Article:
Public want better screening of child caregivers
Public want better screening
August 15, 2012
A mentoring programme specializing in screening male volunteers welcomes the public call for more rigorous screening of caregivers.
The call was highlighted in the Green Paper for Vulnerable Children - an executive summary of the 10,000 submissions made on how we can better protect our most vulnerable children.
Big Buddy has screened over 500 male volunteers using an innovative 360 degree screening process to make sure men are safe before they are matched with fatherless boys.
A Ministry of Social Development high-trust provider, the organization has had zero abuse accusations and no litigation since the mentoring programme began in 1997.
CEO Richard Aston says he is pleased to finally see a public call for more rigorous screening of caregivers and hopes it will be heeded by Child, Youth and Family and many other organizations involved in the care of children - particularly our most vulnerable children.
"Quite frankly, what most organizations are doing at the moment is simply not good enough. There's endless talk of more monitoring, reporting and information sharing but at the end of the day it's about making sure children are not in the care of abusers. Check the adults out first - simple as that."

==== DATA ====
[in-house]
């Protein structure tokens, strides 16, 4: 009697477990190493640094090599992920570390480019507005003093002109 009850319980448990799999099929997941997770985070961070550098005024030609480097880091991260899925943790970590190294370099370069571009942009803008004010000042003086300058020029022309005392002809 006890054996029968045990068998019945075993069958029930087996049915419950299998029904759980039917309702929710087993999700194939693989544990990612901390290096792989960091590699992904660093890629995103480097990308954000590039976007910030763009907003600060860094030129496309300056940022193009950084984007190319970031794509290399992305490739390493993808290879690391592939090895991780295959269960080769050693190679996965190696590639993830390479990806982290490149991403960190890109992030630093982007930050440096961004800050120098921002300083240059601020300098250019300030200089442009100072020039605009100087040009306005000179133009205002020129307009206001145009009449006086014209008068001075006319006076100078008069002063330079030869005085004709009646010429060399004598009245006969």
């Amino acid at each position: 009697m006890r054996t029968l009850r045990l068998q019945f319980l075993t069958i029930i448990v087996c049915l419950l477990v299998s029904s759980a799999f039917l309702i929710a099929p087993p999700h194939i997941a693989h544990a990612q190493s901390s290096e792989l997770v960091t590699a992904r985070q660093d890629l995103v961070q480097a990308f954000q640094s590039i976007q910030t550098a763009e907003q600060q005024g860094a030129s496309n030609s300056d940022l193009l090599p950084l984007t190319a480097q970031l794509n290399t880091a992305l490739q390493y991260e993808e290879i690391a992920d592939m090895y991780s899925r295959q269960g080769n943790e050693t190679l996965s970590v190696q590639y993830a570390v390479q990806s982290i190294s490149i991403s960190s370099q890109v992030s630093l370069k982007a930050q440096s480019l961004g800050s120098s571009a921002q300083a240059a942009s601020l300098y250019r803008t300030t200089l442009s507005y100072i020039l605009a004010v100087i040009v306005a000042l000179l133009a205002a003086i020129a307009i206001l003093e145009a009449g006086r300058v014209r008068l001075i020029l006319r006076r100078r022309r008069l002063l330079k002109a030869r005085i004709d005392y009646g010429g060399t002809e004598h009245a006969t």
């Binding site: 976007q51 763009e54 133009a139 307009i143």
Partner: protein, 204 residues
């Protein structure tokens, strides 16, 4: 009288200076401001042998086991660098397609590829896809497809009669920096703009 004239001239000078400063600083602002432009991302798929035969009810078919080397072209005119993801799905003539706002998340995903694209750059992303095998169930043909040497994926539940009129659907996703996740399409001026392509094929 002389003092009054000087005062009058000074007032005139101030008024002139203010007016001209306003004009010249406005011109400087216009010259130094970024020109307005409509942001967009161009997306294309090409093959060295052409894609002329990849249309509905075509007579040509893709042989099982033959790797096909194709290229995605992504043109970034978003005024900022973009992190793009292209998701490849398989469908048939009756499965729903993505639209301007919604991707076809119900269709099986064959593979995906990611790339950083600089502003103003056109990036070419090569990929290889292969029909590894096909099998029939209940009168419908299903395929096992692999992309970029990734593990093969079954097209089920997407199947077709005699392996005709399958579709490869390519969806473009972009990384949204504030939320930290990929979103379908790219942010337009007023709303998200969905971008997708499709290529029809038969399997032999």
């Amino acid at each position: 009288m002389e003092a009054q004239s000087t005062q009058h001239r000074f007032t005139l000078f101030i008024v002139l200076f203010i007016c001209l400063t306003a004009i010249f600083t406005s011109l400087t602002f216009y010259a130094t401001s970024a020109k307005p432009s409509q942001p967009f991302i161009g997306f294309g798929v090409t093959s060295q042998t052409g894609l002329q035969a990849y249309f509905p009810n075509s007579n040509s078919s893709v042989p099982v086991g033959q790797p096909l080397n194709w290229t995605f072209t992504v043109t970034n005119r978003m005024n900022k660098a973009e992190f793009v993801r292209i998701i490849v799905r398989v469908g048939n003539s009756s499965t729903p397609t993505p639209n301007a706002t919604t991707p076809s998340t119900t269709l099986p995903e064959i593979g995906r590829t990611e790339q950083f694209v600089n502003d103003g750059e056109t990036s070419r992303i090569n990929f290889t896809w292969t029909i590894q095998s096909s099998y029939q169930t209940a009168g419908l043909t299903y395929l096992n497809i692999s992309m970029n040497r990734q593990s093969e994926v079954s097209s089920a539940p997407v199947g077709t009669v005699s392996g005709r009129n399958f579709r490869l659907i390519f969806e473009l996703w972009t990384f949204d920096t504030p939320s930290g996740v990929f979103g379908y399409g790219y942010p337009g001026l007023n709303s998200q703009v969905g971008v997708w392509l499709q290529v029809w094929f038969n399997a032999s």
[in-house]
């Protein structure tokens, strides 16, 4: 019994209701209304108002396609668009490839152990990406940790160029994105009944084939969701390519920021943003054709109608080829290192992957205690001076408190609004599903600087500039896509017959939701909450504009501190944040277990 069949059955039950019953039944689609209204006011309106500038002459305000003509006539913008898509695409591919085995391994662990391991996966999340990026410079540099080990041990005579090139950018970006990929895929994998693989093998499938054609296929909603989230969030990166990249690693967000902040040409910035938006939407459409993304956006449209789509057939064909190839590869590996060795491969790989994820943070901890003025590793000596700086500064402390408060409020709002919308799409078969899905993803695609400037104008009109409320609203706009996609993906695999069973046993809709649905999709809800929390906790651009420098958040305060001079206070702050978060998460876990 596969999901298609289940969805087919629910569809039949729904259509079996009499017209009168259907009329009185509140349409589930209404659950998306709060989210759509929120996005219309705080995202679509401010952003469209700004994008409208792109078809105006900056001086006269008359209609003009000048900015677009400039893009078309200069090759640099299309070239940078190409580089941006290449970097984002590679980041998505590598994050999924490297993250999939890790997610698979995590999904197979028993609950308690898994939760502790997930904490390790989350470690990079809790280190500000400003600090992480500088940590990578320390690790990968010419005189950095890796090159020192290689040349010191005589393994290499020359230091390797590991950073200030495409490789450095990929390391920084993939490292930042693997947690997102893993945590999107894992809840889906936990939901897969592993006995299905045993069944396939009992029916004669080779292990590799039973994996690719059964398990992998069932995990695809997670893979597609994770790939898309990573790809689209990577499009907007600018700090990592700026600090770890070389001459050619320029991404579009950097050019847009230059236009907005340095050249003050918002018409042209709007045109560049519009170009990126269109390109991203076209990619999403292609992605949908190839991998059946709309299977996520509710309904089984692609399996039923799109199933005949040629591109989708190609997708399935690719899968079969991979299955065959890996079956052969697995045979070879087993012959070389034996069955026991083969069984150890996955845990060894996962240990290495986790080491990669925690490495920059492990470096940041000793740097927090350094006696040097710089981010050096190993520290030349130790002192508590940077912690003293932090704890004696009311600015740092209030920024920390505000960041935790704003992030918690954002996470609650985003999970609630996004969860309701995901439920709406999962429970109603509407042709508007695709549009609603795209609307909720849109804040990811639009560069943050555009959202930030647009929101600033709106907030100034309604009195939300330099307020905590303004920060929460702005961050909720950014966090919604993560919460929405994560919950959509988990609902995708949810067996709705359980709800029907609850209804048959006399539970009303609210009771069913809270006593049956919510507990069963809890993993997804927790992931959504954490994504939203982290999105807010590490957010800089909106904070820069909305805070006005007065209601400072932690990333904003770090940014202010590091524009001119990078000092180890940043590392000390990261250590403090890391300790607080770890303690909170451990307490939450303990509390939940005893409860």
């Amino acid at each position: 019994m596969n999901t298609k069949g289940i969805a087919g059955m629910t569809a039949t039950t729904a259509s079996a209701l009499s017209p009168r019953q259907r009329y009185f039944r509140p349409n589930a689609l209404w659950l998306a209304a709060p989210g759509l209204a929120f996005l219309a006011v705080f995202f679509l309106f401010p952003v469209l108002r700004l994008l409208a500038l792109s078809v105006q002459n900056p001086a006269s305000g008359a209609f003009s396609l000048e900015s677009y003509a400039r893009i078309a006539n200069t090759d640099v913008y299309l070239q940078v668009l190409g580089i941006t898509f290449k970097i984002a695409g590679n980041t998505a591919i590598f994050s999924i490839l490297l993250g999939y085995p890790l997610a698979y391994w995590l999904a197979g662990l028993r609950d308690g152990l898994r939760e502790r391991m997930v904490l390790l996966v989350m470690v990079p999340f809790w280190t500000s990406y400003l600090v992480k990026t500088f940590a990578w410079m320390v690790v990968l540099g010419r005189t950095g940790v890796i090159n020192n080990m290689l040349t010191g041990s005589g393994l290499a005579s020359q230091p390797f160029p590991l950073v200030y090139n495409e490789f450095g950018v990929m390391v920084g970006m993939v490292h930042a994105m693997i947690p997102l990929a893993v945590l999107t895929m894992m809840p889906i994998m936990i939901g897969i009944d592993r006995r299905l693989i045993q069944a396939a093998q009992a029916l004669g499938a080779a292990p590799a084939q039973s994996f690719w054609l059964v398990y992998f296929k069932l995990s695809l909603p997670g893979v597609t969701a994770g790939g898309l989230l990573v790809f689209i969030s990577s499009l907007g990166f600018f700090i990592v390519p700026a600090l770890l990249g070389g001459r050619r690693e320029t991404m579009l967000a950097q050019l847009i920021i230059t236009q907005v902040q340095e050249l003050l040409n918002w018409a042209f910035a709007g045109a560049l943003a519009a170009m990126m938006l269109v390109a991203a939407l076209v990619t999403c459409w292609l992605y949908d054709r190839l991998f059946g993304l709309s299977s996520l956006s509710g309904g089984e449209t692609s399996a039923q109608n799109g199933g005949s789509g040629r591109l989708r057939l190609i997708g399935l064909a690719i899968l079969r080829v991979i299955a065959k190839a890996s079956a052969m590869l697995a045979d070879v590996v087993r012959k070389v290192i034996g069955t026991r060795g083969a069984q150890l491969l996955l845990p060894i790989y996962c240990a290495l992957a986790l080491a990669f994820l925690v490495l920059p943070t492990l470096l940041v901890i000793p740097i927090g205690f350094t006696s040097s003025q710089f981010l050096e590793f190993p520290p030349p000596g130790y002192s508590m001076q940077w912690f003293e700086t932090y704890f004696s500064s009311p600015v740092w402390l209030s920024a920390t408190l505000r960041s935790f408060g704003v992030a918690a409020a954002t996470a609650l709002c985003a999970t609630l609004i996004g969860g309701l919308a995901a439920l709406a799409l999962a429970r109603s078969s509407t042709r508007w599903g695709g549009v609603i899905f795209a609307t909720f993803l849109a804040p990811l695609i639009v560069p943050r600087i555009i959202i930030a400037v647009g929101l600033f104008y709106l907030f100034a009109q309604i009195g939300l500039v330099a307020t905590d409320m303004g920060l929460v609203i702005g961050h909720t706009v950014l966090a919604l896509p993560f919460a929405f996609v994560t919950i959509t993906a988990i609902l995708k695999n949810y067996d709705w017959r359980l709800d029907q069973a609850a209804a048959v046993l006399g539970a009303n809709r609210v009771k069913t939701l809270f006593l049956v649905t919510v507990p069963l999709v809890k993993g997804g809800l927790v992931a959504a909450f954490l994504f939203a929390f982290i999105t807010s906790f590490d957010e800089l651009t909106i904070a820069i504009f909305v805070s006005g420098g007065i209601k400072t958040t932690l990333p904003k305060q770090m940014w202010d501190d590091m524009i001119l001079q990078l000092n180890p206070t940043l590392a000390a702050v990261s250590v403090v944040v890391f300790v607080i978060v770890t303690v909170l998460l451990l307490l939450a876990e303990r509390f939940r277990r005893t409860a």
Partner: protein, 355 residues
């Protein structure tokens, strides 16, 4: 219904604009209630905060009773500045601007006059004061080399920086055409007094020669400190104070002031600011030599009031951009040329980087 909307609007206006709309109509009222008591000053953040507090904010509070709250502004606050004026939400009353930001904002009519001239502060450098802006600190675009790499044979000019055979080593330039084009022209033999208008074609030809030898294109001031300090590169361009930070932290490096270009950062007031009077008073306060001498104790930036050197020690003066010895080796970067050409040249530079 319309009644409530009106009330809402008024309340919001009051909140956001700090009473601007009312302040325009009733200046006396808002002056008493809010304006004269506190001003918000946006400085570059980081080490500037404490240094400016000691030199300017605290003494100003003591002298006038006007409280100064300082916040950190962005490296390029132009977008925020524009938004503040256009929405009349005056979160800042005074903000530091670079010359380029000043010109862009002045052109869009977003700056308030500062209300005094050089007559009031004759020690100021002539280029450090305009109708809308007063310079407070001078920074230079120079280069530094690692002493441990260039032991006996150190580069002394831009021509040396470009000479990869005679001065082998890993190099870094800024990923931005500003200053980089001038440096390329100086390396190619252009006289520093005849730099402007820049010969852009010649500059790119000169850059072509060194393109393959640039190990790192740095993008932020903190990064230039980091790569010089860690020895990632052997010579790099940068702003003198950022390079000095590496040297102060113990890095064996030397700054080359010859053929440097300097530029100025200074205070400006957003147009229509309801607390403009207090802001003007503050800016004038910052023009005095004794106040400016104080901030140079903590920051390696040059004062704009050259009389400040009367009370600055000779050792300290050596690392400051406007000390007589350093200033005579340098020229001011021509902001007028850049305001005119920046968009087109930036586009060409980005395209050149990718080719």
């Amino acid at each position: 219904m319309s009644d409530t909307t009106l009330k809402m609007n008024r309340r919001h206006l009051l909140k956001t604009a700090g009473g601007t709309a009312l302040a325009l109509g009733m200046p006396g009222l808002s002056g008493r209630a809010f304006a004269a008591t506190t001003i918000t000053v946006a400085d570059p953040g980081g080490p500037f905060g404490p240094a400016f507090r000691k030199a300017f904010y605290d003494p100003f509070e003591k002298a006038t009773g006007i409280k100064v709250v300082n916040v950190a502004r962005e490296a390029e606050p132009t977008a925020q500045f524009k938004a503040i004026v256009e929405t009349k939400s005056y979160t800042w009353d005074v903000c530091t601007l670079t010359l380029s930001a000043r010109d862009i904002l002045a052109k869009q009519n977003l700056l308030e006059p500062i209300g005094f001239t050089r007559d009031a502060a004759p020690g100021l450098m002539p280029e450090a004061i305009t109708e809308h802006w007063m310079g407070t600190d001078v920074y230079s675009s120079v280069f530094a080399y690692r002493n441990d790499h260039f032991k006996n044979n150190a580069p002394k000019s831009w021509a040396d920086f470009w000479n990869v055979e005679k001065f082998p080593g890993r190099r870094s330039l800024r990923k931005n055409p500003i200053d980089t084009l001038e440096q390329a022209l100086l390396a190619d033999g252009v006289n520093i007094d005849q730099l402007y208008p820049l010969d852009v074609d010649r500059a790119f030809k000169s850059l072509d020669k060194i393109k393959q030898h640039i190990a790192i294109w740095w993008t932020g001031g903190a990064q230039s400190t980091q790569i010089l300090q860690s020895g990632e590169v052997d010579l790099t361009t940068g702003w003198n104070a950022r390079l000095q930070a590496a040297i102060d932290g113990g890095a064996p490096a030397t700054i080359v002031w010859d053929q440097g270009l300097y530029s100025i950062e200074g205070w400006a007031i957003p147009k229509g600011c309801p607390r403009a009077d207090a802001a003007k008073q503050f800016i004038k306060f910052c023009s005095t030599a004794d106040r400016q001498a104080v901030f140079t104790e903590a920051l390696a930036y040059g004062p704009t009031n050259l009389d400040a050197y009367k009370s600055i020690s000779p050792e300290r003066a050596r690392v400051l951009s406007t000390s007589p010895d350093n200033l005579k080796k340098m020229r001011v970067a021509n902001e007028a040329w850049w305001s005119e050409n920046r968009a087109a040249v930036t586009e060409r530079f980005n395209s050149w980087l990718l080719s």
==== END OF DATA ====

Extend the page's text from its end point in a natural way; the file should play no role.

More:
Richard Aston says between 3,500 and 5000 children are placed in Child, Youth & Family care each year.
“That’s a lot of children and if CYFs is going to continue removing children from abusive homes, they’d better start making sure they are not going into even more abusive situations. That is simply immoral to my mind.”
The Green Paper submissions also call on the Government to expand specific programmes and services, including mentoring programmes. It also highlighted the need for improved contracting and funding arrangements.
“I’d certainly support that,” says Richard Aston. “We currently get 8% of our funding from Government in what is an increasingly challenging funding environment. Kids identified in their Green Paper submissions that what makes a real difference to their lives is having ‘someone who believes in them, someone who loves them and someone who they can talk to’. Big Buddy’s goal is to make sure every fatherless boy has a good man in their lives that will help meet that need. We need Government to help us deliver on it.”
For more information go to www.bigbuddy.org.nz